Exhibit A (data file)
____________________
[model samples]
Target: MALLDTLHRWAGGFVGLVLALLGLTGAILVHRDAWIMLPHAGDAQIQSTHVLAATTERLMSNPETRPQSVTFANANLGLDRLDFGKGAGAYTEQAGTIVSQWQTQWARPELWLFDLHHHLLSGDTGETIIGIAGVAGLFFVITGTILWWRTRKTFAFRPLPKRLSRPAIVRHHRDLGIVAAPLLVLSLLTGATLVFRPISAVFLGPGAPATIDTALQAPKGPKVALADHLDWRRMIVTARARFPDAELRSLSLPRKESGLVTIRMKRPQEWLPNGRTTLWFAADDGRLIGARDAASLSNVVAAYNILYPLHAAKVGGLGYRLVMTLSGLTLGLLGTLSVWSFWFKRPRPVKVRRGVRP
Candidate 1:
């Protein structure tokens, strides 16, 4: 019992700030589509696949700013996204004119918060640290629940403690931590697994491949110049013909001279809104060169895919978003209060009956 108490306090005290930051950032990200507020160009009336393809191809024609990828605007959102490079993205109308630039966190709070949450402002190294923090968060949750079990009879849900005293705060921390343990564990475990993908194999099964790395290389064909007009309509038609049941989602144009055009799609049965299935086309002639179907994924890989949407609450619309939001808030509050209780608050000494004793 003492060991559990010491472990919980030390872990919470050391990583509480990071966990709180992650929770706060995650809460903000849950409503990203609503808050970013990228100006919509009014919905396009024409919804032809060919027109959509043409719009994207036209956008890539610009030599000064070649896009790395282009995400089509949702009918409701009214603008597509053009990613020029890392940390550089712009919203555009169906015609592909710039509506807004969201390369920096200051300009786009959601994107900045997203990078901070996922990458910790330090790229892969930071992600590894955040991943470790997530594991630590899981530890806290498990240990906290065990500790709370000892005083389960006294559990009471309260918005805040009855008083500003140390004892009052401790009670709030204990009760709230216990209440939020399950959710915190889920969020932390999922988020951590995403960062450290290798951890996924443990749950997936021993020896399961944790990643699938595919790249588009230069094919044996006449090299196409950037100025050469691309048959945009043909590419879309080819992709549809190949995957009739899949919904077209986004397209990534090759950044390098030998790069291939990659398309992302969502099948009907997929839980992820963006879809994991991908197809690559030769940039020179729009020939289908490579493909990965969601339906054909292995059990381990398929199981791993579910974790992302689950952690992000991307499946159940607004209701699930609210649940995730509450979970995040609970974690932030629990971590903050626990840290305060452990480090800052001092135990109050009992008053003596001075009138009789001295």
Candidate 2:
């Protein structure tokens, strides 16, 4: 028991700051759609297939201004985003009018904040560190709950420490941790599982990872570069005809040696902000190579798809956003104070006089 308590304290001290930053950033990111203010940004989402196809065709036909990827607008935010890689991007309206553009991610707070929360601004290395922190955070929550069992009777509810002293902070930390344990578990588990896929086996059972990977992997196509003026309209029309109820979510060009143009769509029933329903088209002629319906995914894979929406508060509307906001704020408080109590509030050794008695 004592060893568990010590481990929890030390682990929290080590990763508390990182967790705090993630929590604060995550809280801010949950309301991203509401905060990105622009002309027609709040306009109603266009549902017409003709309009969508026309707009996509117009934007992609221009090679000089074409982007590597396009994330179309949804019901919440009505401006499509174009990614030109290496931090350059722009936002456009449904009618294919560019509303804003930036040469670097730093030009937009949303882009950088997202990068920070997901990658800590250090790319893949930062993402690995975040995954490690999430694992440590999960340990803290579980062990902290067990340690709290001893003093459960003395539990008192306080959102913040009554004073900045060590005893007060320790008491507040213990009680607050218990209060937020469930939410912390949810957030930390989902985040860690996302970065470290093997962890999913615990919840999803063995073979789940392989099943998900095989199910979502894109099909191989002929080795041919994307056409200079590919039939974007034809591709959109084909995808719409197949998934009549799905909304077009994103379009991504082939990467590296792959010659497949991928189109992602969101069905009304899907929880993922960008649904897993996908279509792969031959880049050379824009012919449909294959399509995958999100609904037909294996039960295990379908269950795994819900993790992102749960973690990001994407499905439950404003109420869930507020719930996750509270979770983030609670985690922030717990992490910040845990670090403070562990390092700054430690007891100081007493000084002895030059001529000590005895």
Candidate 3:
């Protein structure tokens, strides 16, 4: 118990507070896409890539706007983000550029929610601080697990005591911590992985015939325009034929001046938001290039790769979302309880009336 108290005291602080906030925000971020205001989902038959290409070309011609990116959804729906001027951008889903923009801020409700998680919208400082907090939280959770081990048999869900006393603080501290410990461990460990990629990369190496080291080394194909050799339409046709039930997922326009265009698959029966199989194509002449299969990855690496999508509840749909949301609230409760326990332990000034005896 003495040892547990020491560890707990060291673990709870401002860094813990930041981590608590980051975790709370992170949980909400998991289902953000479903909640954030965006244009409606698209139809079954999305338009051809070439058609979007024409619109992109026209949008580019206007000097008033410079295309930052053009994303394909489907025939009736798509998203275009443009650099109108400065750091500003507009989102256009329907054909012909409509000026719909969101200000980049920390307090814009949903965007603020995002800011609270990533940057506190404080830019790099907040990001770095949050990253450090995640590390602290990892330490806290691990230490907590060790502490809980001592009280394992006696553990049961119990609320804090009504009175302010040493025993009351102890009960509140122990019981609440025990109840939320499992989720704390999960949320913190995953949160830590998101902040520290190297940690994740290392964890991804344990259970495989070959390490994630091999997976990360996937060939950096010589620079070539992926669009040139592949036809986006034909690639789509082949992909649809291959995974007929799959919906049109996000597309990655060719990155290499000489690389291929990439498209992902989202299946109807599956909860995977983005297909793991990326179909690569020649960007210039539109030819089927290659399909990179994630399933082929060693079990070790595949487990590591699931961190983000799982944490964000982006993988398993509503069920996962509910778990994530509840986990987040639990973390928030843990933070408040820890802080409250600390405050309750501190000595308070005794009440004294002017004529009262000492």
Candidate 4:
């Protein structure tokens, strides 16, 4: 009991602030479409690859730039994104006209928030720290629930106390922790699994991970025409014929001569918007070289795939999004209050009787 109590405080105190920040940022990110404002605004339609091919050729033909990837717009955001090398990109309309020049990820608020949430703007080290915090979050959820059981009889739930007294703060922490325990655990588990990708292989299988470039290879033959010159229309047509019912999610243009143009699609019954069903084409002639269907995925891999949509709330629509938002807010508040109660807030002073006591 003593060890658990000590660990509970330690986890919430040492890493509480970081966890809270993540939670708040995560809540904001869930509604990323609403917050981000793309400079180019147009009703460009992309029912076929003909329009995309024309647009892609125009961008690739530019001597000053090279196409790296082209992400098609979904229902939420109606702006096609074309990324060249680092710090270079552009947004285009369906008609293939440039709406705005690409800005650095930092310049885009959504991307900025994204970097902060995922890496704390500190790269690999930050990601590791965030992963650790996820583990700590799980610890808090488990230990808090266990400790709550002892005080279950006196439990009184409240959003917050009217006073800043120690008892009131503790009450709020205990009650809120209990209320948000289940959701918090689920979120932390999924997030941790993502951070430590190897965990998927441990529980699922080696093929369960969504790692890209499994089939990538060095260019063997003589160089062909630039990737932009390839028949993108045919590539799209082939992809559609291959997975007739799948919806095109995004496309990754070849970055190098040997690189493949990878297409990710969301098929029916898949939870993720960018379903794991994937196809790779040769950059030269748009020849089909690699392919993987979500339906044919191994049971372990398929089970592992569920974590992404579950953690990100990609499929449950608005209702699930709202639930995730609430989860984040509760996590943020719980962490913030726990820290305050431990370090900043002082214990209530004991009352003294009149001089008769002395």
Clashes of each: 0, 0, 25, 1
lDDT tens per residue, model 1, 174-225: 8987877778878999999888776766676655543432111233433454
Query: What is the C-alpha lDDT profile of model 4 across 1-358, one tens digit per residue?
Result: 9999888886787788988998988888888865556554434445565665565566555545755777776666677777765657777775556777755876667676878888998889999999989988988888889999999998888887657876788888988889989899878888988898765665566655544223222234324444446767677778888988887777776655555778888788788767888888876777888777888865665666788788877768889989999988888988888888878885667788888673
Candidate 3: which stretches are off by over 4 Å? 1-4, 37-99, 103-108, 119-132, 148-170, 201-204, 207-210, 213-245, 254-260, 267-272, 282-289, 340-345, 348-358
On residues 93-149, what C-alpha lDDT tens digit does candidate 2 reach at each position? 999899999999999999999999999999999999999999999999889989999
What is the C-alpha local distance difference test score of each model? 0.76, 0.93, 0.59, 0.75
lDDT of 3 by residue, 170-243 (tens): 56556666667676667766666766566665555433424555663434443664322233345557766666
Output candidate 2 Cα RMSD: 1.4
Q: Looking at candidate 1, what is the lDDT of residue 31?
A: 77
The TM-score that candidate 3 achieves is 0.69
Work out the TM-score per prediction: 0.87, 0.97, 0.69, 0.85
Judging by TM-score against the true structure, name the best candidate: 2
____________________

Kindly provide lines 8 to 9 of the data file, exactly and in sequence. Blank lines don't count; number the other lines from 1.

């Protein structure tokens, strides 16, 4: 118990507070896409890539706007983000550029929610601080697990005591911590992985015939325009034929001046938001290039790769979302309880009336 108290005291602080906030925000971020205001989902038959290409070309011609990116959804729906001027951008889903923009801020409700998680919208400082907090939280959770081990048999869900006393603080501290410990461990460990990629990369190496080291080394194909050799339409046709039930997922326009265009698959029966199989194509002449299969990855690496999508509840749909949301609230409760326990332990000034005896 003495040892547990020491560890707990060291673990709870401002860094813990930041981590608590980051975790709370992170949980909400998991289902953000479903909640954030965006244009409606698209139809079954999305338009051809070439058609979007024409619109992109026209949008580019206007000097008033410079295309930052053009994303394909489907025939009736798509998203275009443009650099109108400065750091500003507009989102256009329907054909012909409509000026719909969101200000980049920390307090814009949903965007603020995002800011609270990533940057506190404080830019790099907040990001770095949050990253450090995640590390602290990892330490806290691990230490907590060790502490809980001592009280394992006696553990049961119990609320804090009504009175302010040493025993009351102890009960509140122990019981609440025990109840939320499992989720704390999960949320913190995953949160830590998101902040520290190297940690994740290392964890991804344990259970495989070959390490994630091999997976990360996937060939950096010589620079070539992926669009040139592949036809986006034909690639789509082949992909649809291959995974007929799959919906049109996000597309990655060719990155290499000489690389291929990439498209992902989202299946109807599956909860995977983005297909793991990326179909690569020649960007210039539109030819089927290659399909990179994630399933082929060693079990070790595949487990590591699931961190983000799982944490964000982006993988398993509503069920996962509910778990994530509840986990987040639990973390928030843990933070408040820890802080409250600390405050309750501190000595308070005794009440004294002017004529009262000492």
Candidate 4: